The Brits: You've got to hand it to them. The Empire may be long gone, but they still reign supreme when it comes to effortlessly exuding mordant wit. For anyone who savors the acerbic literary likes of Evelyn Waugh or the Amises, father and son, Helen Simpson is just the ticket.
J. Edgar Hoover was the first director of the FBI. He introduced fingerprinting and forensic techniques to the crime-fighting agency, and pushed for stronger federal laws to punish criminals who strayed across state lines. He also kept secret files on more than 20,000 Americans he deemed "subversive."
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Hoover saw Martin Luther King Jr. as an "enemy of the state," says author Tim Weiner.
Four years after Pulitzer Prize-winning writer Tim Weiner published Legacy of Ashes, his detailed history of the CIA, he received a call from a lawyer in Washington, D.C.
"He said, 'I've just gotten my hands on a Freedom of Information Act request that's 26 years old for [FBI Director] J. Edgar Hoover's intelligence files. Would you like them?' " Weiner tells Fresh Air's Terry Gross. "And after a stunned silence, I said, 'Yes, yes.' "
Actress Viola Davis has been nominated for an Academy Award for her portrayal of the maid Aibileen in the film The Help, set in 1960s Mississippi. But not everyone has applauded the film, which has been criticized for its portrayal of black domestic servants in the civil rights era.
Alex Kotlowitz (left) is the author of There Are No Children Here, The Other Side of the River and Never a City So Real. Steve James is the director, producer and co-editor of Hoop Dreams. His other films include Stevie and At the Death House Door.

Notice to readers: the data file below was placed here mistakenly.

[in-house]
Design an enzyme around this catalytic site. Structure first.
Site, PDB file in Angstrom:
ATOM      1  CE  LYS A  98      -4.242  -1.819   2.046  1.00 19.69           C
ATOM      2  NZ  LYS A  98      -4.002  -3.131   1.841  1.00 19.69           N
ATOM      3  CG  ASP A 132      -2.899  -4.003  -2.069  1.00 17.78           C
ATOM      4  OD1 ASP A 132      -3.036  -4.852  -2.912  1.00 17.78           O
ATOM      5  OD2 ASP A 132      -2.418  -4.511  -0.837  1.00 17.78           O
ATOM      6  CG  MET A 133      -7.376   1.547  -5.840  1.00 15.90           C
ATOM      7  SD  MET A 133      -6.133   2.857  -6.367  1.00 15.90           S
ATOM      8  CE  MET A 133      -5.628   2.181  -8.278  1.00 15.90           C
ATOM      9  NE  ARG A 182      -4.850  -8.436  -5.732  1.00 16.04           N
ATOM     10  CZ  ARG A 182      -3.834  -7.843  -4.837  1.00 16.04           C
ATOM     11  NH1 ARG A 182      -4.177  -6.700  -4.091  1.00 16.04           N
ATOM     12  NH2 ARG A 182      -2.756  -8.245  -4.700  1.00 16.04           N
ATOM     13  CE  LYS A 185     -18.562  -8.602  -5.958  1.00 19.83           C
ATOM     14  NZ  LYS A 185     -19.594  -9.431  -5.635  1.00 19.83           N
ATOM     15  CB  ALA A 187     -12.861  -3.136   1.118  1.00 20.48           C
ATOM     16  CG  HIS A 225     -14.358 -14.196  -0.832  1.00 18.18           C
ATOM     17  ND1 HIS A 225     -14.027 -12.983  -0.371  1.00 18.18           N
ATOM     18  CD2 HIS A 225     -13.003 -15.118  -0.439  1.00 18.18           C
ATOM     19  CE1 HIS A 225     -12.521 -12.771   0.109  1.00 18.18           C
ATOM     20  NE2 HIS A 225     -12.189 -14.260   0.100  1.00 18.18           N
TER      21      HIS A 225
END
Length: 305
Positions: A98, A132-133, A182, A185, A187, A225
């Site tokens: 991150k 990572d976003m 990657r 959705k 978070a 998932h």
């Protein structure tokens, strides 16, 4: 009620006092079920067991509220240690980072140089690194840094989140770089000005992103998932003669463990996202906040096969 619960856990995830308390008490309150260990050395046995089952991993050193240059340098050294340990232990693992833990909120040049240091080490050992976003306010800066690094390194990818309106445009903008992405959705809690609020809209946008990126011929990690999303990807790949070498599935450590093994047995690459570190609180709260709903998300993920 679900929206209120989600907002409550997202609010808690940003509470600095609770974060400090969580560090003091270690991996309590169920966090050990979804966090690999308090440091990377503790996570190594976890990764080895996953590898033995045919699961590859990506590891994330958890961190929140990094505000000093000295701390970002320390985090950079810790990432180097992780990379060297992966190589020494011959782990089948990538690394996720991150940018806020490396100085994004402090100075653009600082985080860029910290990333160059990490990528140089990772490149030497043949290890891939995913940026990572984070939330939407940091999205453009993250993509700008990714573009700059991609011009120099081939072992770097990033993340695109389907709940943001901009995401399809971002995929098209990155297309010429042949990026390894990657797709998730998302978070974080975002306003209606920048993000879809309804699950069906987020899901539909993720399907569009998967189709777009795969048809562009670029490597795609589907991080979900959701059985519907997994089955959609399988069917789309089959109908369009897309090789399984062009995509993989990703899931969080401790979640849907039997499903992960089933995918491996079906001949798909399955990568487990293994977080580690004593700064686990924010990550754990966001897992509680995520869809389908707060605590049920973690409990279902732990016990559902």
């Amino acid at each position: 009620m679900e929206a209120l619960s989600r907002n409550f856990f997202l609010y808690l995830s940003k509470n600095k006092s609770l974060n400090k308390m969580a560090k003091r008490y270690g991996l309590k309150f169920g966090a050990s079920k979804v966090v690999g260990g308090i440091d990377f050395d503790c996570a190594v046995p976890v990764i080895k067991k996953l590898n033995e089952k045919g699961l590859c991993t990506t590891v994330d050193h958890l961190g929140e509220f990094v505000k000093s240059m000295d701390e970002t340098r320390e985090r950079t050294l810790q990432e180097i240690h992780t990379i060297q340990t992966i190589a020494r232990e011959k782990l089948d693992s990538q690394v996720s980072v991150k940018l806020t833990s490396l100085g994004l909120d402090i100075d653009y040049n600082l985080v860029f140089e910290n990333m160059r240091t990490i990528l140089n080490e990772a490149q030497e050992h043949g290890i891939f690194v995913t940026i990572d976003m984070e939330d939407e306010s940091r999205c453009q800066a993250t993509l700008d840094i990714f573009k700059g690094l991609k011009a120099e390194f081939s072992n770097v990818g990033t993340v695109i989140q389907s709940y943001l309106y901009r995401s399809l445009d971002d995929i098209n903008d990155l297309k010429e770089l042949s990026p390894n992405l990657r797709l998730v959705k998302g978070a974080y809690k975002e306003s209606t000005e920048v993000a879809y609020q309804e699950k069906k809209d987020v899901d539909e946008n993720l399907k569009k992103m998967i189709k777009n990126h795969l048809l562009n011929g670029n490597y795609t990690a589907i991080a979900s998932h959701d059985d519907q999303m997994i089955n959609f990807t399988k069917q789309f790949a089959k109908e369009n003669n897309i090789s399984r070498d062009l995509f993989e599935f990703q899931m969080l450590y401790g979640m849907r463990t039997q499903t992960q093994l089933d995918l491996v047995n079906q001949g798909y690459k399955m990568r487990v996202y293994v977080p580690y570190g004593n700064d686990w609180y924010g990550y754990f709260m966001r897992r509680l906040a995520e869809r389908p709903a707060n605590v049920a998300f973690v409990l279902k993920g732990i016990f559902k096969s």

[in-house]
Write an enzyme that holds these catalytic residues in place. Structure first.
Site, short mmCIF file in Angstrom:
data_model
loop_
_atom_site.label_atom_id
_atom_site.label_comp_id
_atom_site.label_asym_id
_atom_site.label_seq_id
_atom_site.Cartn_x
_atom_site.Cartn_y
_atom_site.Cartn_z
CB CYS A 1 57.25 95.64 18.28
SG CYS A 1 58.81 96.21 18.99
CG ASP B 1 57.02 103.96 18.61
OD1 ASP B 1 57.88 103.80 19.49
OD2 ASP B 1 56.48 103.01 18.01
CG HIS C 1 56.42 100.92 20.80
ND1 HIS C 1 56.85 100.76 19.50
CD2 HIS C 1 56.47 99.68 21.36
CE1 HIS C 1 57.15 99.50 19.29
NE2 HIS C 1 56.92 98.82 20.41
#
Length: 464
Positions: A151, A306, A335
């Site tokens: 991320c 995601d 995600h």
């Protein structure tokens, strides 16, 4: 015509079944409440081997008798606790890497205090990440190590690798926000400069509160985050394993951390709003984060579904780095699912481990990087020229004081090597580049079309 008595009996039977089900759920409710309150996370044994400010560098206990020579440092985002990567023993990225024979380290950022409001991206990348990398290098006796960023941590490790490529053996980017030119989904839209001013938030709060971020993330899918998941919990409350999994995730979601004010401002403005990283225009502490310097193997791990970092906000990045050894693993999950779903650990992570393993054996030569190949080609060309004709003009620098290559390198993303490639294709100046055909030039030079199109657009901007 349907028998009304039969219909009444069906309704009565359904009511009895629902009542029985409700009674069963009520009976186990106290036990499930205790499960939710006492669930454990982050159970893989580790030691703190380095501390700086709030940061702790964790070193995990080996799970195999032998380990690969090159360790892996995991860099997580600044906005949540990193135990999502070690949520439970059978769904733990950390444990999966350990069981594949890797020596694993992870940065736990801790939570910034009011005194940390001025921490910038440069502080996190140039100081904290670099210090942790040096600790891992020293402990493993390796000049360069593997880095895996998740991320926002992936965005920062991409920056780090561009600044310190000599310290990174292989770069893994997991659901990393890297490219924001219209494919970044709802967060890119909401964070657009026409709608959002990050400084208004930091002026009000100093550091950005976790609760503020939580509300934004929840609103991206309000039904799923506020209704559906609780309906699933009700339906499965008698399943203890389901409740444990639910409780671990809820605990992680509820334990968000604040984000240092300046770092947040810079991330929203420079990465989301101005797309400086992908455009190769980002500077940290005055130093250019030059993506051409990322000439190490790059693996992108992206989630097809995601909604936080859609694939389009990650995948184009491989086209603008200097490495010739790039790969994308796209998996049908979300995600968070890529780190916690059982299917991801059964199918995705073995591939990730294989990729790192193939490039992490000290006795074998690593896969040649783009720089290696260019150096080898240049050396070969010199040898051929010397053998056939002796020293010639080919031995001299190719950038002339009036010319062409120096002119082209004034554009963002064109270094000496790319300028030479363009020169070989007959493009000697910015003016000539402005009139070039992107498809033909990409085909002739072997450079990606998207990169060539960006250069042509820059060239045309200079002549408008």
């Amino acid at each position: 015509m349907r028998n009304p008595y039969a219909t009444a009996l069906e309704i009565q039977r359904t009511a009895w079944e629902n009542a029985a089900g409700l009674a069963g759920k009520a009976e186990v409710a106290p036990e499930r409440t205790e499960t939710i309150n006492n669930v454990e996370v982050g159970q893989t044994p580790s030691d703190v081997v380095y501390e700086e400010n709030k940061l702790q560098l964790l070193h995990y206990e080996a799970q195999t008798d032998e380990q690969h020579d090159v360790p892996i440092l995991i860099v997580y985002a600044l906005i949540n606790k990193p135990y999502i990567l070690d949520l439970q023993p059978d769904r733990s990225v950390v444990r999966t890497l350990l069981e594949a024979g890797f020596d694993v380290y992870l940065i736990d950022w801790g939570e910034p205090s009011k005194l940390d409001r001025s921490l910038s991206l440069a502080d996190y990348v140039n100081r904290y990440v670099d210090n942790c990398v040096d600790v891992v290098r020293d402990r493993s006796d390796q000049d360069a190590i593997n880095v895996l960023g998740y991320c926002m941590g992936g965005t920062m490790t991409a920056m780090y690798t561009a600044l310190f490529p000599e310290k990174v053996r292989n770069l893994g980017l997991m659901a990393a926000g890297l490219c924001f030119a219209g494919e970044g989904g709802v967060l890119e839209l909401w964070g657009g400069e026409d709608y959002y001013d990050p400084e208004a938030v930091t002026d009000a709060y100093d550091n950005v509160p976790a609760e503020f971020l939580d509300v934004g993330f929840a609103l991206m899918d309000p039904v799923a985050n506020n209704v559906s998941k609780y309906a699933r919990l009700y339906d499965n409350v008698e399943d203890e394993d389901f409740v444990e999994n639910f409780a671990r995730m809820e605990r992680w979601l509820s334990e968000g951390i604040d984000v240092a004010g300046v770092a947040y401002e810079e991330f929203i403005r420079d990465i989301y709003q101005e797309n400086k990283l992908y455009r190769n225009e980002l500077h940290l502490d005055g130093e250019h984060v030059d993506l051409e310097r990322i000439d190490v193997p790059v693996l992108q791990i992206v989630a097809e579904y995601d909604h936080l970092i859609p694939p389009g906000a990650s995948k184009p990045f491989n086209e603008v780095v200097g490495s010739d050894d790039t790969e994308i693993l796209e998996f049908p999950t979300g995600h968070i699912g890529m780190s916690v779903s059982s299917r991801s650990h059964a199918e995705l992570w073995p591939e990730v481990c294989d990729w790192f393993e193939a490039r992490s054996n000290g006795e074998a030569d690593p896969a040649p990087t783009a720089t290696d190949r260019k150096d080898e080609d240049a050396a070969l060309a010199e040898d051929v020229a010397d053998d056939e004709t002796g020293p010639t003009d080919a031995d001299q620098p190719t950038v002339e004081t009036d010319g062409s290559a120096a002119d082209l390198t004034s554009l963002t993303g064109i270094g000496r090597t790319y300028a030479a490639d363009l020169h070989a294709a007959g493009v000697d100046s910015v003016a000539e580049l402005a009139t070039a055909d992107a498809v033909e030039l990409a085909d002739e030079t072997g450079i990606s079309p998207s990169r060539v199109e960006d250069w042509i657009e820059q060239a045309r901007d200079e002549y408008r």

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Ameena Matthews, a violence interrupter with the Chicago organization CeaseFire, mediates disputes to prevent gang violence from escalating.
You'd think that, by now, the news that Americans are spoiling their children would be as attention-getting as the fabled headline, "dog bites man," but, apparently, we never weary of hearing about how bad we're doing as parents. Last year, it was the Tiger Mom; this year, a hot new book called Bringing Up Bebe, tells us that the French have us beat by an indifferent shrug when it comes to the art of raising independent kids.
Fresh Air Weekend highlights some of the best interviews and reviews from past weeks, and new program elements specially paced for weekends. Our weekend show emphasizes interviews with writers, filmmakers, actors, and musicians, and often includes excerpts from live in-studio concerts. This week:
The flashy Denzel Washington thriller Safe House will probably gross in a few hours what Steven Soderbergh's Haywire has made in several weeks, but if you like action you ought to catch both back to back. Soderbergh's film is a reaction to the jangled, high-impact style of Safe House and its ilk.
Poet Donald Hall spends much of his time in his blue armchair, looking at the landscape out his window. The 83-year-old former poet laureate has lived for years on the same New Hampshire farm that his grandparents used to own, and still writes in the room he slept in as a child.